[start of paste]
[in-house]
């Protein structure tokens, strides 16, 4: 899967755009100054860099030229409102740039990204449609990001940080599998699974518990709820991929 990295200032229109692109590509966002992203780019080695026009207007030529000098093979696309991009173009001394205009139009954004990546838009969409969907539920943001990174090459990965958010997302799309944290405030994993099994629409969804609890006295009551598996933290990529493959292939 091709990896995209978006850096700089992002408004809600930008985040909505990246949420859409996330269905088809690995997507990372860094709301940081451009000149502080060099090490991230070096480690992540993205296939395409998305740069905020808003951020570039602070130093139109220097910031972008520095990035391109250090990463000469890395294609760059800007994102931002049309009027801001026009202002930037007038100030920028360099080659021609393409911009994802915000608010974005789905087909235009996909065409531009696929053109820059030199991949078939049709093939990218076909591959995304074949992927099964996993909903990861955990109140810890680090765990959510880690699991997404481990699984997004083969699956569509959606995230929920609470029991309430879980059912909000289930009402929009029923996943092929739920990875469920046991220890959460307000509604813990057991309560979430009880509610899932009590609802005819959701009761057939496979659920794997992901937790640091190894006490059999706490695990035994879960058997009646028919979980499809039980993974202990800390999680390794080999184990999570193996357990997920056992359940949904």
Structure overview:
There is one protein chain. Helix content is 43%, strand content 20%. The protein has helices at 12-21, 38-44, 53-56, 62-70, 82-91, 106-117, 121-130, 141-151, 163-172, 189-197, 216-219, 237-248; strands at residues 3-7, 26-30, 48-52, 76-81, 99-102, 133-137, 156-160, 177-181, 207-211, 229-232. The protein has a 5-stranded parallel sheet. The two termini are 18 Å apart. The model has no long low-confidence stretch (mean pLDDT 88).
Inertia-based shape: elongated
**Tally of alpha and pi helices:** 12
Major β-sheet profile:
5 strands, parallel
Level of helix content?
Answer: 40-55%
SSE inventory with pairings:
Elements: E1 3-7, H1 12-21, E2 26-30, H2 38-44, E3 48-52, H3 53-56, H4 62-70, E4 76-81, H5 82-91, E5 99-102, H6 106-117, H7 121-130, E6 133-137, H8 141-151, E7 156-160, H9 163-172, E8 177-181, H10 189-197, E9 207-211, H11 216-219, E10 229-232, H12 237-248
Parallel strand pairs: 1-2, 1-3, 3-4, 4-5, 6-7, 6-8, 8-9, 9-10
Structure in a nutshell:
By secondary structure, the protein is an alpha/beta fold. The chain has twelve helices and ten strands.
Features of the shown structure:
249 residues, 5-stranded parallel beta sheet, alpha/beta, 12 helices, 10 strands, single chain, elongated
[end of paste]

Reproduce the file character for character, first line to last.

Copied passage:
[in-house]
């Protein structure tokens, strides 16, 4: 899967755009100054860099030229409102740039990204449609990001940080599998699974518990709820991929 990295200032229109692109590509966002992203780019080695026009207007030529000098093979696309991009173009001394205009139009954004990546838009969409969907539920943001990174090459990965958010997302799309944290405030994993099994629409969804609890006295009551598996933290990529493959292939 091709990896995209978006850096700089992002408004809600930008985040909505990246949420859409996330269905088809690995997507990372860094709301940081451009000149502080060099090490991230070096480690992540993205296939395409998305740069905020808003951020570039602070130093139109220097910031972008520095990035391109250090990463000469890395294609760059800007994102931002049309009027801001026009202002930037007038100030920028360099080659021609393409911009994802915000608010974005789905087909235009996909065409531009696929053109820059030199991949078939049709093939990218076909591959995304074949992927099964996993909903990861955990109140810890680090765990959510880690699991997404481990699984997004083969699956569509959606995230929920609470029991309430879980059912909000289930009402929009029923996943092929739920990875469920046991220890959460307000509604813990057991309560979430009880509610899932009590609802005819959701009761057939496979659920794997992901937790640091190894006490059999706490695990035994879960058997009646028919979980499809039980993974202990800390999680390794080999184990999570193996357990997920056992359940949904």
Structure overview:
There is one protein chain. Helix content is 43%, strand content 20%. The protein has helices at 12-21, 38-44, 53-56, 62-70, 82-91, 106-117, 121-130, 141-151, 163-172, 189-197, 216-219, 237-248; strands at residues 3-7, 26-30, 48-52, 76-81, 99-102, 133-137, 156-160, 177-181, 207-211, 229-232. The protein has a 5-stranded parallel sheet. The two termini are 18 Å apart. The model has no long low-confidence stretch (mean pLDDT 88).
Inertia-based shape: elongated
**Tally of alpha and pi helices:** 12
Major β-sheet profile:
5 strands, parallel
Level of helix content?
Answer: 40-55%
SSE inventory with pairings:
Elements: E1 3-7, H1 12-21, E2 26-30, H2 38-44, E3 48-52, H3 53-56, H4 62-70, E4 76-81, H5 82-91, E5 99-102, H6 106-117, H7 121-130, E6 133-137, H8 141-151, E7 156-160, H9 163-172, E8 177-181, H10 189-197, E9 207-211, H11 216-219, E10 229-232, H12 237-248
Parallel strand pairs: 1-2, 1-3, 3-4, 4-5, 6-7, 6-8, 8-9, 9-10
Structure in a nutshell:
By secondary structure, the protein is an alpha/beta fold. The chain has twelve helices and ten strands.
Features of the shown structure:
249 residues, 5-stranded parallel beta sheet, alpha/beta, 12 helices, 10 strands, single chain, elongated